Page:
Does eating a vegetarian diet help you live longer?

Therapeutic Use of Vegetarian/Vegan Diets in Chronic DiseaseResearch reveals that when a person chooses to follow a vegetarian diet they may find it reduces the risks of many chronic diseases.  A vegetarian diet may treat, improve, or reverse the following:

  • Obesity
  • Heart disease
  • High blood pressure
  • Type 2 diabetes
  • Digestive problems

Following a vegetarian diet may also provide beneficial results in the treatment for cancer and kidney disease.

Will a vegetarian diet  improve your health? Download our resource Therapeutic Use of Vegetarian/Vegan Diets in Chronic Disease (PDF) and experience the potential benefits of choosing a well-balanced vegetarian diet.

13 Responses to “Does eating a vegetarian diet help you live longer?”

  1. Cliff Elfstrom

    I would like to be healthily vegetarian but my attempt really destroyed my health. I supposed being a person with real canine fangs should have been a dead giveaway being a vegetarian wasn’t going to work well for me. I am allergic to soy products, as are my daughters. I have to limit my intake of carbohydrates to 30% of my calories to avoid excessive blood sugar; and that is after taking in only 1/2 to 2/3 the calories of the RDA. Eating canned or processed food would kill me because of the excessive salt always found them. I cannot tolerate spicy food because I would feel ill and soon puke them up. While I can tolerate dairy products to a degree, I cannot tolerate casein isolates with their vulture vomit taste. Unfortunately, raising animals in a more kind and humane manner is way down on America’s list of priorities so you can’t get healthy meat any more. Are there any beans or other vegetables that contains 30% or less carbohydrates and 30%+ proteins?

  2. Robert A. Fredericks

    Hello Debbie!

    Greetings from Mexico! I’ve been an English professor at the state university in Oaxaca for the past 23 years.

    I’ve recently been making the transition towards a vegan diet, and I’m especially interested in SPROUTS. I make bunches of LENTIL sprouts and have been trying to line up ALFALFA seeds. Recently, I even emulatd the ancient Egyptians and made some of my own wheat malt. ( I hope to do the same with barley, oats & rye soon…and maybe even with amaranth, quinoa or rice.)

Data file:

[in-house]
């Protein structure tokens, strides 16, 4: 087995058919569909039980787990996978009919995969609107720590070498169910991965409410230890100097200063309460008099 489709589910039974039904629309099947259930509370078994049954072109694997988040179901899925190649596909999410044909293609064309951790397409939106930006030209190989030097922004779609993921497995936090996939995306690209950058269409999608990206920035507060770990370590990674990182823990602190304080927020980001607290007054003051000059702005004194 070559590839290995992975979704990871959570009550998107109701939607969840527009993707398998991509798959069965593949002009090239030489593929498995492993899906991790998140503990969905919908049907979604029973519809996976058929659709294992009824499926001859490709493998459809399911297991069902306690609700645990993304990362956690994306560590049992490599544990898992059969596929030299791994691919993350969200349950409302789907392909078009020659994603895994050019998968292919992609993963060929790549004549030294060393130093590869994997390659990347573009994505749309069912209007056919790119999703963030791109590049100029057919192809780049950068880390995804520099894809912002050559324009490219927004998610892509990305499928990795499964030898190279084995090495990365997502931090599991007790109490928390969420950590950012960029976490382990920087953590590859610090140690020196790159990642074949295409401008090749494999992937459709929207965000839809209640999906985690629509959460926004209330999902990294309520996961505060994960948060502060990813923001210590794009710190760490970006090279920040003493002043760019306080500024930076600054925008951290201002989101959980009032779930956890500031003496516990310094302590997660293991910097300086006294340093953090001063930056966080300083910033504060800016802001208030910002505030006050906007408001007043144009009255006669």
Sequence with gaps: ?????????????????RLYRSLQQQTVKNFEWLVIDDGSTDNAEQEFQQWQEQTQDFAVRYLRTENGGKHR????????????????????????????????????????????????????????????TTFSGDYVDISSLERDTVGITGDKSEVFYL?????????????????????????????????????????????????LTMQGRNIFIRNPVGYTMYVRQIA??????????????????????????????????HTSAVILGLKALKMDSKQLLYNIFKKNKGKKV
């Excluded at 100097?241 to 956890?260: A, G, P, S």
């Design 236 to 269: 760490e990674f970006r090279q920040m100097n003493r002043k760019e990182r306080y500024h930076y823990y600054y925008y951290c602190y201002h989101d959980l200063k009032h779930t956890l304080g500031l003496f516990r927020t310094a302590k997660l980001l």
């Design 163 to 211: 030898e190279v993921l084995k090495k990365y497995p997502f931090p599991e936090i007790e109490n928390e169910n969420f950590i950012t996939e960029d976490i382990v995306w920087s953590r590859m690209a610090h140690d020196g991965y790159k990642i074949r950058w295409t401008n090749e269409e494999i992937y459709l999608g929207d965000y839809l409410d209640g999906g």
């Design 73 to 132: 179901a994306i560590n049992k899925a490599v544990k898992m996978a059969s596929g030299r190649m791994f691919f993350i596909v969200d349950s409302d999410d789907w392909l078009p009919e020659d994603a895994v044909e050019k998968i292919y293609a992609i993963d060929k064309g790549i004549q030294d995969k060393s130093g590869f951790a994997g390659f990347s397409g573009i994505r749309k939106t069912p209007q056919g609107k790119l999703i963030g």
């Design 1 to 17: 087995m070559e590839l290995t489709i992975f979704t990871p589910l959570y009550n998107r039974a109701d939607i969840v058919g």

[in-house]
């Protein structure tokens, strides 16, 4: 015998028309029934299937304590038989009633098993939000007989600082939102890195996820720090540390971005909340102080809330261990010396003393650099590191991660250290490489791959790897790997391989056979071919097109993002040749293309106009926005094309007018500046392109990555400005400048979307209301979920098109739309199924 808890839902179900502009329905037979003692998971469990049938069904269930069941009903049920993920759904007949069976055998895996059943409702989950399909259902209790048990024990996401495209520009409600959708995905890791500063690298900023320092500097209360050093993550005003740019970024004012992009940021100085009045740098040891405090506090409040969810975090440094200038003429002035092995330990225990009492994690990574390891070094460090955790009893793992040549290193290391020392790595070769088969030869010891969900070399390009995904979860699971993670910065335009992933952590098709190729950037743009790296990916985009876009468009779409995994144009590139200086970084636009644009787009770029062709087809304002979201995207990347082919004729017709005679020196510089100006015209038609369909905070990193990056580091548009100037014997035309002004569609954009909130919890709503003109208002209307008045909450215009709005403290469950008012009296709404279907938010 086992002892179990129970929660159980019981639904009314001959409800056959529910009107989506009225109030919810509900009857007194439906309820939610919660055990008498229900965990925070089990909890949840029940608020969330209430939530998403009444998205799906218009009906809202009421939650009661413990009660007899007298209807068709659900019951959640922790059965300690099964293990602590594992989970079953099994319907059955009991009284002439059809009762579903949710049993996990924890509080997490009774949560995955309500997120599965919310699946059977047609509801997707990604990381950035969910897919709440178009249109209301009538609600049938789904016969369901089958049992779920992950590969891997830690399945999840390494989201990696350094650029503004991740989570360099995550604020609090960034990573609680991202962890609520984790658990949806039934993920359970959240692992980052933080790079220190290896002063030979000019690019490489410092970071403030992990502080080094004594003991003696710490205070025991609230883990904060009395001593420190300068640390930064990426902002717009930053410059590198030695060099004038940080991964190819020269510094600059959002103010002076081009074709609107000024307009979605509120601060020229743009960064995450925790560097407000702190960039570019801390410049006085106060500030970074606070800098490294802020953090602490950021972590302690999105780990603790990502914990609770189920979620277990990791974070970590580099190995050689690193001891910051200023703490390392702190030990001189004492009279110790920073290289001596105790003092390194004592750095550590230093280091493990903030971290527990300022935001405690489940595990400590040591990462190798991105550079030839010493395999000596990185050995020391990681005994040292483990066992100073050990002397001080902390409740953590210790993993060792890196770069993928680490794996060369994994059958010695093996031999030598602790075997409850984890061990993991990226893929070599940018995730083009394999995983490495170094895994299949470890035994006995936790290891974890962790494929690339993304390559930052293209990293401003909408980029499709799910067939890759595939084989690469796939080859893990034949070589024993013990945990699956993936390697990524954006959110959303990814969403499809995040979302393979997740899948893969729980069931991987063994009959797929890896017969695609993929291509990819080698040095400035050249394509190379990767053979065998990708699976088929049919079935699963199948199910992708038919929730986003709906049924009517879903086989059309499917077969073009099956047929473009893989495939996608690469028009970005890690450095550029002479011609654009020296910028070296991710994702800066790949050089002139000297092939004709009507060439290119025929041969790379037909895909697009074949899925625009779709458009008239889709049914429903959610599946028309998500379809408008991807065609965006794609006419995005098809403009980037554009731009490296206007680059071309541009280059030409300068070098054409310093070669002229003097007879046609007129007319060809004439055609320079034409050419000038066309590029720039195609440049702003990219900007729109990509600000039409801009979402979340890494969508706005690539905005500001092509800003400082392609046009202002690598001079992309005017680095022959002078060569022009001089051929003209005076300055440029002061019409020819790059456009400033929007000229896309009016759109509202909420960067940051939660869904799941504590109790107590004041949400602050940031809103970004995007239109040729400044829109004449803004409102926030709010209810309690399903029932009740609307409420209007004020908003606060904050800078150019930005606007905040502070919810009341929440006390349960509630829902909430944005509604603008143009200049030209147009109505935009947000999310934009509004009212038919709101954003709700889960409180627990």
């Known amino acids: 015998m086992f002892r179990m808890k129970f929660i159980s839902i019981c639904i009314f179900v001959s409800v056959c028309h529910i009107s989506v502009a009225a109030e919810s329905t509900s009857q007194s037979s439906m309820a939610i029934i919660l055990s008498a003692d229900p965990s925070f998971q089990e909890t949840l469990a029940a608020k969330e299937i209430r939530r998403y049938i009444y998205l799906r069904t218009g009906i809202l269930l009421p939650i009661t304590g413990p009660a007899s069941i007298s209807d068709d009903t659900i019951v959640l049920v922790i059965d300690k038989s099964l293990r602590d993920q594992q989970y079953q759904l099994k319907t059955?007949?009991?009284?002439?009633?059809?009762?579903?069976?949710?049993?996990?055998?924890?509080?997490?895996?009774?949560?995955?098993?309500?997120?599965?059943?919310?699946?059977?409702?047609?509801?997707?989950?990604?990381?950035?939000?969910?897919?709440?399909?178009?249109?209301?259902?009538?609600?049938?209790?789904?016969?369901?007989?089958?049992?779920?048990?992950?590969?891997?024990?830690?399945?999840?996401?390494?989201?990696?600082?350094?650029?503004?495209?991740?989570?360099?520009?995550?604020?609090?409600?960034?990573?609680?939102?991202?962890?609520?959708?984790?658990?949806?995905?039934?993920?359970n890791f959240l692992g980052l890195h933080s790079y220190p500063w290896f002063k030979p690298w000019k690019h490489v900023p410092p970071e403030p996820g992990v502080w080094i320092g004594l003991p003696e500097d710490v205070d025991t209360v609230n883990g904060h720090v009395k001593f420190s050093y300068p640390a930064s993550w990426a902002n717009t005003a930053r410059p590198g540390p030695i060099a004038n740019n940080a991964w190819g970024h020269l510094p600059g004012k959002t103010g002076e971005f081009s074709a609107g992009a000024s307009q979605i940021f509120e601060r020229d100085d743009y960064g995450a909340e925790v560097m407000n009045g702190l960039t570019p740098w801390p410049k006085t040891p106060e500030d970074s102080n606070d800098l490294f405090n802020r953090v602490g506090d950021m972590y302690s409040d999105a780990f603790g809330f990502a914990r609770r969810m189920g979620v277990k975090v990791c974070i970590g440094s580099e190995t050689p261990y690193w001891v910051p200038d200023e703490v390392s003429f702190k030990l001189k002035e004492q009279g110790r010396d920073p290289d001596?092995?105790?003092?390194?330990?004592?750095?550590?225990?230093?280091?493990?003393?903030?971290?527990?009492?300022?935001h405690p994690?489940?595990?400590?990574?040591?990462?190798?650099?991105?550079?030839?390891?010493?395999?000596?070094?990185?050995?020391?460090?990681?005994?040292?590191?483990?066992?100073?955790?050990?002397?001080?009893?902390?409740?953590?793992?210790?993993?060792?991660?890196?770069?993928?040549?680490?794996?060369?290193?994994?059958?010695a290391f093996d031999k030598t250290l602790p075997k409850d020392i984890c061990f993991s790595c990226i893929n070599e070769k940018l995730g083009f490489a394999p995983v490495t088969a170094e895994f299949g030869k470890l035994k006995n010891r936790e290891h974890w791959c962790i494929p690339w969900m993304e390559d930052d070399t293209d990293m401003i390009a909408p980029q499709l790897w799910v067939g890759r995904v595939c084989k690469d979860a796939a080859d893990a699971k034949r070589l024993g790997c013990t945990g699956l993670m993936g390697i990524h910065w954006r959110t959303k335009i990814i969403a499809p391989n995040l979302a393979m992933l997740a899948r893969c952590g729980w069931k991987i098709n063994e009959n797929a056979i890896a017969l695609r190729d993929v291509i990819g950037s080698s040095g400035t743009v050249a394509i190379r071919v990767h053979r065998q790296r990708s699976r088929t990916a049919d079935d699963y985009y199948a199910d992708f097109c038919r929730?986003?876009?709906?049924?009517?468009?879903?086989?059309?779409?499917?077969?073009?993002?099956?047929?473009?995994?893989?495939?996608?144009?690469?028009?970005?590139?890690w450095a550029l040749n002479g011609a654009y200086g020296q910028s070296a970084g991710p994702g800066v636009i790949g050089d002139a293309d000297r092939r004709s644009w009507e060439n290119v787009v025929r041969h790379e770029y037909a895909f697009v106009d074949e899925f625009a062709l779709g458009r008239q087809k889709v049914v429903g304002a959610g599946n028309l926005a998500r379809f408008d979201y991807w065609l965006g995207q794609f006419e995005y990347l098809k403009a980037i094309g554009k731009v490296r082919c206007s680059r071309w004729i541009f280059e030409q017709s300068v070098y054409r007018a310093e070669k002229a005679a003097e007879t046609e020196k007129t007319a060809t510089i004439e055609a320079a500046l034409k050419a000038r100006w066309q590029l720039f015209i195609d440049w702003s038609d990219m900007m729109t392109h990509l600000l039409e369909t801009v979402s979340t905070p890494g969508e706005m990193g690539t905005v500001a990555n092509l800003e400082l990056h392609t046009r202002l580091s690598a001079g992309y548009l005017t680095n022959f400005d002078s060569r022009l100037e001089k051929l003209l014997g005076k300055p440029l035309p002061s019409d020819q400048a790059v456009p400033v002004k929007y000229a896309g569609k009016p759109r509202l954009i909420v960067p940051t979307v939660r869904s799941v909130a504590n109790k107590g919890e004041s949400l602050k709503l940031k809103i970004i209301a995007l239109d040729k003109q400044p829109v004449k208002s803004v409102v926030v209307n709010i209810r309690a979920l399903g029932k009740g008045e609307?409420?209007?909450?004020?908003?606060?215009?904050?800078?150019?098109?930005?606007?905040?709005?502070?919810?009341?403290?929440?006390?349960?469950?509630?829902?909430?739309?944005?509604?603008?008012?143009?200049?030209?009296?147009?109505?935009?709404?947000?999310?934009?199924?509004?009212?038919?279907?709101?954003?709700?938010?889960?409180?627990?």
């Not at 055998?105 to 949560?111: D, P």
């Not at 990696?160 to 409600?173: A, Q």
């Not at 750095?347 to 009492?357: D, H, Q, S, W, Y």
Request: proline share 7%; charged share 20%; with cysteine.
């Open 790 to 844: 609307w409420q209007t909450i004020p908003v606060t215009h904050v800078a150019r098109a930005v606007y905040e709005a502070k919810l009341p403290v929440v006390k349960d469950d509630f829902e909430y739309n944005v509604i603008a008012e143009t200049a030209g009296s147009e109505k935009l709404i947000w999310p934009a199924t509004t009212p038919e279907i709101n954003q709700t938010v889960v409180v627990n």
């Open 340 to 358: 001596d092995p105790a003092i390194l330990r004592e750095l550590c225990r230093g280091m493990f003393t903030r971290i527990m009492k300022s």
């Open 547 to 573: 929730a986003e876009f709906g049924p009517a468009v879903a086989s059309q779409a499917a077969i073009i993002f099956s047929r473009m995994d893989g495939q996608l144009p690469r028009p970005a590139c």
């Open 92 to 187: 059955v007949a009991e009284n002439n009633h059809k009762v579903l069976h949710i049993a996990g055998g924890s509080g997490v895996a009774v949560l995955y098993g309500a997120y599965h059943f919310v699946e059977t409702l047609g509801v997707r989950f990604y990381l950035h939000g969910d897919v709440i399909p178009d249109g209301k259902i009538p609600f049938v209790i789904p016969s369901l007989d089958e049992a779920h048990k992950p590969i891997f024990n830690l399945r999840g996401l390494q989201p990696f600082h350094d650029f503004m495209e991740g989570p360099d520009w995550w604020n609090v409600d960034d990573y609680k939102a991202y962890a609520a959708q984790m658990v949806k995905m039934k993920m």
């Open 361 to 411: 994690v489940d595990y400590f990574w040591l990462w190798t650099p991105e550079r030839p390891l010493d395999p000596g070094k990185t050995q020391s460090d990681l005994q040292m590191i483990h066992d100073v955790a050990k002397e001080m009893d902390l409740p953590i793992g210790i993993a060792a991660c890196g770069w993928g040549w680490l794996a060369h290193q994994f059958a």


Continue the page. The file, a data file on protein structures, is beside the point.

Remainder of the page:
My mother’s a Registered Dietician too (retired now, but over 50 years with the ADA)…but of the rather traditional bent. It’s refreshing to see “Dietician” & “vegetarian” combined in the same person!

  3. It’s encouraging to find an advocate for the vegetarian, vegan, and whole food, plant based diets on the AND website. I commend your initiative and courage and thank you for your effort to legitimize a dietary approach I believe can relieve a large number of America’s health problems and their collateral damage. I hope you receive adequate support from colleagues.

    I’ve been eating a whole food, plant based diet for three years and my results are impressive. The most objective benefits are my life long adult hypertension is gone, allowing me to stop taking two blood pressure medications I had taken for decades, and all my annual blood work markers are significantly improved and well within normal ranges. Many other issues have resolved, as well.

    In my experience and that of several of my friends, the potential of switching to a vegetarian, vegan, or perhaps best of all, a whole food, plant based eating style, is well worth the effort. Perhaps the oddest part of changing my diet has been how much I now enjoy eating things I once thought unappetizing. They now taste delicious! And, they’re good for me!

  4. A plant based diet is the way to go. There may still be plant based choices that don’t agree with you. I have been dabbling with it over a year…full on three months now and I feel so much better. It’s helping my asthma and other things like weight. I am NOT going back!!!

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Debbie King MS RD LD

My passion for nutrition began when I took a college nutrition class. I have worked as a Clinical Dietitian, Director of Nutrition Services, and for several years as Mom. When my youngest left for college I decided to return to my passion of sharing the health benefits of eating vegetarian meals. I enjoy teaching nutrition, volunteering in my community, and working as the Web Editor for the Vegetarian Nutrition website.

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